NEWS & MEDIA
Georgians for a Healthy Future is frequently cited in news articles about health care issues, ensuring the consumer perspective is heard. Read news stories featuring Georgians for a Healthy Future’s perspective below.
“We were really hoping Congress would reauthorize the funding for the program before funding ran out at the end of September,” said Laura Colbert, Executive Director of Georgians for a Healthy Future.
Colbert says in several states, families are already receiving letters notifying them their children will lose coverage.
“When children lose coverage, we know they don’t get the preventative healthcare they need, we know it takes a while to get them re-enrolled, and children’s health really impacts them in the long term,” Colbert said.
Laura Colbert of the consumer group Georgians for a Healthy Future, which supports the ACA, said Wednesday that the repeal of the individual mandate “exacerbates the problems that consumers are already facing in the insurance market, namely rising premiums and a limited choice of insurers. Instead of enacting policy that will result in fewer people with insurance coverage and higher costs for those that remain insured, our elected officials should be focused on how to cover more people more affordably.”
“We are starting to be very concerned,” said Laura Colbert, the executive director of Georgians for a Healthy Future. “We really thought CHIP was going to be reauthorized — first before the funding expired; then we thought it would take two or three weeks before it got refunded. And now here we are two weeks before the end of December and families are starting to get notices that they’re going to get cut off and states are running out of money.”
“We know that health of children really impacts their health as they grow older so any lapse in coverage could have long-term impacts,” said Laura Colbert, executive director at the nonprofit health advocacy group Georgians for a Healthy Future. “In other states, we’ve seen that if they’ve had to dis-enroll children even temporarily from CHIP program, it’s really hard to get those families re-enrolled and those kids re-covered. So any discontinuation of the program even if it two months or six months later, it can be very significant for the health of children in Georgia.”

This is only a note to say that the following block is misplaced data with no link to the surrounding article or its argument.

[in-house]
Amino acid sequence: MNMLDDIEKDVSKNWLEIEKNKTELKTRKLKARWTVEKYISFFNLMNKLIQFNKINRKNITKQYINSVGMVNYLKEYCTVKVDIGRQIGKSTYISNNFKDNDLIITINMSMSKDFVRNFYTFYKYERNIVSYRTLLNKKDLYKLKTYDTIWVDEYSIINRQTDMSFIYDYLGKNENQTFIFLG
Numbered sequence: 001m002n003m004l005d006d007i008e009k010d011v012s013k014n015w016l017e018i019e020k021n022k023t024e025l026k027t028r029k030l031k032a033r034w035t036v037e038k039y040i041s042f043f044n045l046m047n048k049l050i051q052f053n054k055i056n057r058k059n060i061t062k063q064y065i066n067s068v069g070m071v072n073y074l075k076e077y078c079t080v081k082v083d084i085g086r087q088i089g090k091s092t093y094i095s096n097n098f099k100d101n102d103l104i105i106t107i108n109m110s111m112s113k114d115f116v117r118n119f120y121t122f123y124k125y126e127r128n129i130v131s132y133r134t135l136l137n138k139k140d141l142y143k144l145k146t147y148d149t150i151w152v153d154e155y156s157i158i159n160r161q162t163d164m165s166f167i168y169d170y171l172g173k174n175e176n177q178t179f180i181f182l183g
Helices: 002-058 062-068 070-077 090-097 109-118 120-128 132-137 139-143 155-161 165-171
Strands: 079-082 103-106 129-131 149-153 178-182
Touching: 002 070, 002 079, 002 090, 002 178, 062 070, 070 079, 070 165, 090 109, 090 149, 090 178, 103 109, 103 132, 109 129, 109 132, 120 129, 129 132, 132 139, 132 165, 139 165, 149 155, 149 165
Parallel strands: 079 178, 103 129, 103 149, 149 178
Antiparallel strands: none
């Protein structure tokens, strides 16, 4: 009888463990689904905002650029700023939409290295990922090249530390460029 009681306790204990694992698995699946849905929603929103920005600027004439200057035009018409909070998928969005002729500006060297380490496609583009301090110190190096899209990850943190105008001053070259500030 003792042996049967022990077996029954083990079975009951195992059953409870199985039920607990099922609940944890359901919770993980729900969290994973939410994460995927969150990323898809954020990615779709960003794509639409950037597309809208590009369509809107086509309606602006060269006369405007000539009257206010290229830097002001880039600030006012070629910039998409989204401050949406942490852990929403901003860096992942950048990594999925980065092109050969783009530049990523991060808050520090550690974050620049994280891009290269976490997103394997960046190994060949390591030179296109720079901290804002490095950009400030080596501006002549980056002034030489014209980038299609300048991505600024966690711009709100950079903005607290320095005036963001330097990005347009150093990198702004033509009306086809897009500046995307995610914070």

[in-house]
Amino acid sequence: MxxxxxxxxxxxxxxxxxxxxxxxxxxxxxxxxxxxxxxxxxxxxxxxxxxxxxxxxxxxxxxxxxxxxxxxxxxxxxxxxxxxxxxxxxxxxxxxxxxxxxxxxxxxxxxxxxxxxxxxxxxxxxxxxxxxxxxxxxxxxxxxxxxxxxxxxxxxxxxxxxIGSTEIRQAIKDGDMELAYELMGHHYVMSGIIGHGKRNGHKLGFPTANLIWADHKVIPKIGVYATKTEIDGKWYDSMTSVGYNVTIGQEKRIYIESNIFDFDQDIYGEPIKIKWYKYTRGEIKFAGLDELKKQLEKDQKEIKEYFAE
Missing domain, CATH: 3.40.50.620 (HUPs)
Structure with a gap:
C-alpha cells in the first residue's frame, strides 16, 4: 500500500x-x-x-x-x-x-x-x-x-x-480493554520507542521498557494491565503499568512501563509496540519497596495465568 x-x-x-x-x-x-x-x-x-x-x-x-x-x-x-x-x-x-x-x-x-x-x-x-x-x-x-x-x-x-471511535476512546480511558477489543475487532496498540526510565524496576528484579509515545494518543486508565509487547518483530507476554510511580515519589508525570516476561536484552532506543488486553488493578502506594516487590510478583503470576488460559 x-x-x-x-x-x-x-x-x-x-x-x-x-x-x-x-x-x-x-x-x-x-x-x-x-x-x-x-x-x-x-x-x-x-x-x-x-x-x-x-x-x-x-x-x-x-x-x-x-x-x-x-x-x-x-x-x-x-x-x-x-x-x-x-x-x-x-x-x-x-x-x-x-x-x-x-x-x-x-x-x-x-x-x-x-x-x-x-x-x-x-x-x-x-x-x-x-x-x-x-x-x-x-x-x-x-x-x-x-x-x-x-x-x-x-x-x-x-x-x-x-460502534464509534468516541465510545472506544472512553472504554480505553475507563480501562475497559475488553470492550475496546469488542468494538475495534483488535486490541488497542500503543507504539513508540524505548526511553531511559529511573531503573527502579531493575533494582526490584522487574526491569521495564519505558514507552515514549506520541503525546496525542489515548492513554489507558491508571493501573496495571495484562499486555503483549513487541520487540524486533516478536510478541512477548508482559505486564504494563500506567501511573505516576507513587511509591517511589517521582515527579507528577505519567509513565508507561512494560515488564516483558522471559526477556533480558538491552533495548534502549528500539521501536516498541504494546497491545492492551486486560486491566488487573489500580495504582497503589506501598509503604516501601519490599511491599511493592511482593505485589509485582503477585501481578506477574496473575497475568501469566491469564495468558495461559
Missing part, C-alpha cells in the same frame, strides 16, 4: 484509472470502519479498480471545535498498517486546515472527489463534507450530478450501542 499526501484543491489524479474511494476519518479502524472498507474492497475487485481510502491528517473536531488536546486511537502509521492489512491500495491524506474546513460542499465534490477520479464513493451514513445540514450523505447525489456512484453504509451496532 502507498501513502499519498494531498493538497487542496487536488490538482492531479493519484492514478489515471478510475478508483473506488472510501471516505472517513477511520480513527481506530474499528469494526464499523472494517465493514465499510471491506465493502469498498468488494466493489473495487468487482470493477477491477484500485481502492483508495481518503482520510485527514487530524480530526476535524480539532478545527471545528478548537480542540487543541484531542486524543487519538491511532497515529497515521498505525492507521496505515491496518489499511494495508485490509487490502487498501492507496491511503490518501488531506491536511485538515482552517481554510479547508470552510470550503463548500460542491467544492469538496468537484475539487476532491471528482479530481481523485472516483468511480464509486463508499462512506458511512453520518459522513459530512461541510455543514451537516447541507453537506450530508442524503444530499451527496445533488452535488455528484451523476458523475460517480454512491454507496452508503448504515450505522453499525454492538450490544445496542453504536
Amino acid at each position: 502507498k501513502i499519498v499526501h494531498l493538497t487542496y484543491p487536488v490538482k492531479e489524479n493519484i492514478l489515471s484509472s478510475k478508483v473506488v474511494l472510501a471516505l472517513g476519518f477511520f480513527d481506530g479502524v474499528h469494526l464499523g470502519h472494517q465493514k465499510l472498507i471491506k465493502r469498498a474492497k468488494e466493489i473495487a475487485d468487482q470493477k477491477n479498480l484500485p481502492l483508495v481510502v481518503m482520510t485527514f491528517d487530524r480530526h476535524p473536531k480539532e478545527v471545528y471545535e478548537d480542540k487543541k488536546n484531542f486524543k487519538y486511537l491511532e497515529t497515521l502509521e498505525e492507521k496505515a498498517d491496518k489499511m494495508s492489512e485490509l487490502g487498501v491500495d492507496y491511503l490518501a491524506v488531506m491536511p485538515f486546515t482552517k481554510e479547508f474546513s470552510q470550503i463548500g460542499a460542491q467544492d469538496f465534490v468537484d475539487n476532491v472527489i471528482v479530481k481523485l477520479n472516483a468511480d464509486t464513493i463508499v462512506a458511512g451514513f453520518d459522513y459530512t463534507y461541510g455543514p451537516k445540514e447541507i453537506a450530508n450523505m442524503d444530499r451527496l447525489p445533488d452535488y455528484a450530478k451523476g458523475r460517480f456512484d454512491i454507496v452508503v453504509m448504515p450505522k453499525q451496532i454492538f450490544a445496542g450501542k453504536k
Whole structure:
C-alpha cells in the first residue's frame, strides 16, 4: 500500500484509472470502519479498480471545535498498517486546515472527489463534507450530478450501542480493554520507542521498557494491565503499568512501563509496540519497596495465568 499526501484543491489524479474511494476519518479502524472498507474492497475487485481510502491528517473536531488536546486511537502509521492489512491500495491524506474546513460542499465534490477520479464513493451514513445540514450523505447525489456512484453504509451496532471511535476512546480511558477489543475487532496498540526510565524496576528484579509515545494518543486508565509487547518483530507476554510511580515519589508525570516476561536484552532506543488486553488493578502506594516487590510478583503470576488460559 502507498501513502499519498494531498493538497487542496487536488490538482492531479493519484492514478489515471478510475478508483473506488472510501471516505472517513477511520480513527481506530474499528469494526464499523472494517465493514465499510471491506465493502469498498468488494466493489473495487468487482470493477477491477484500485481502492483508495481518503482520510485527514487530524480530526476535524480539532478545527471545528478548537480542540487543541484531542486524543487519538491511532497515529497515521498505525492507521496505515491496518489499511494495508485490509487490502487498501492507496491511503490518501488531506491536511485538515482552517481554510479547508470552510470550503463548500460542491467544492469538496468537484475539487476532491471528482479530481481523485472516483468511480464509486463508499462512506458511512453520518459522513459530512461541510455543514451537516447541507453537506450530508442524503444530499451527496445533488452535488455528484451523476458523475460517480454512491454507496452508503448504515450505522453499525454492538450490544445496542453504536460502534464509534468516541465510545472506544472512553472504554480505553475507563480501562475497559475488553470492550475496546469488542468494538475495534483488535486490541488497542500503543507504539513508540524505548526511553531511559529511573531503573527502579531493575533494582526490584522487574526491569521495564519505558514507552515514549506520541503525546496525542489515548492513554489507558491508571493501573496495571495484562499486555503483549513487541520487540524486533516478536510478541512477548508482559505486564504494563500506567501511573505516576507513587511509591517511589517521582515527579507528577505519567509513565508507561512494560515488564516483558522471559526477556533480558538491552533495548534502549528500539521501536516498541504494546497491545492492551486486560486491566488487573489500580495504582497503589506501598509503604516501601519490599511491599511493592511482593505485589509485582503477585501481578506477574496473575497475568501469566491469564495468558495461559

Laura Colbert, the executive director of Georgians for a Healthy Future, said her organization is “very concerned” that Medicaid reductions could be in the offing after the tax bill gets approved.
“Earlier this year we saw proposals to block-grant Medicaid or restructure its funding to provide less money to serve the same number of people,” Colbert said. “We are really concerned with the tax bill … that those proposals will be revived and that we will again have to look at what restructuring would look like here.
“When we are talking about cutting Medicaid at the state level, you are really talking about cutting health care to children, seniors and people with disabilities.”
Laura Colbert of consumer group Georgians for a Healthy Future said that given the confusion about the future of the ACA and low consumer awareness of the enrollment period, “it is a little surprising to see such robust participation in the first week of the ACA’s open enrollment period. This strong start demonstrates that consumers still value affordable, quality health insurance and are motivated to enroll.”
“The most damaging has been the rhetoric and confusion,” said Laura Colbert, executive director of Georgians for a Healthy Future, an advocacy group. “Overall, this could be a bellwether for future years.”
“This trend is concerning for Georgia consumers no matter how they get their health insurance and confirms the anecdotal reports we have received from consumers across the state,’’ said Laura Colbert, executive director of consumer group Georgians for a Healthy Future, when asked about the Commonwealth Fund’s findings.
“We have increasingly heard from Georgians that they are shouldering a larger and larger share of the costs of their coverage, and that this shift is impacting their wallets and their health care.”
Insurers and employers are shifting costs to consumers as a way to manage their own growing health care costs, and consumers are feeling the squeeze, Colbert said. “Consumers will not feel much relief until the high costs of health care are addressed in a real way that moves our health care system to one that rewards value.”
About 42,000 of the nearly half million people enrolled under the Affordable Care Act in Georgia will likely be affected, according to Georgians for a Healthy Future, a patient advocacy group.
These are consumers who have purchased health care plans on the state’s federally run marketplace but who don’t qualify for aid.
“They’re going to be the people who really feel the brunt of this decision,” said Laura Colbert, the group’s executive director.
But Georgians for a Healthy Future says this decision is going to really affect the middle class.
“This decision isn’t really helpful for anyone, really it’s going to drive premium ups. It’s going to cost the federal government more, insurers may leave the marketplace and consumers are going to be left without choices.”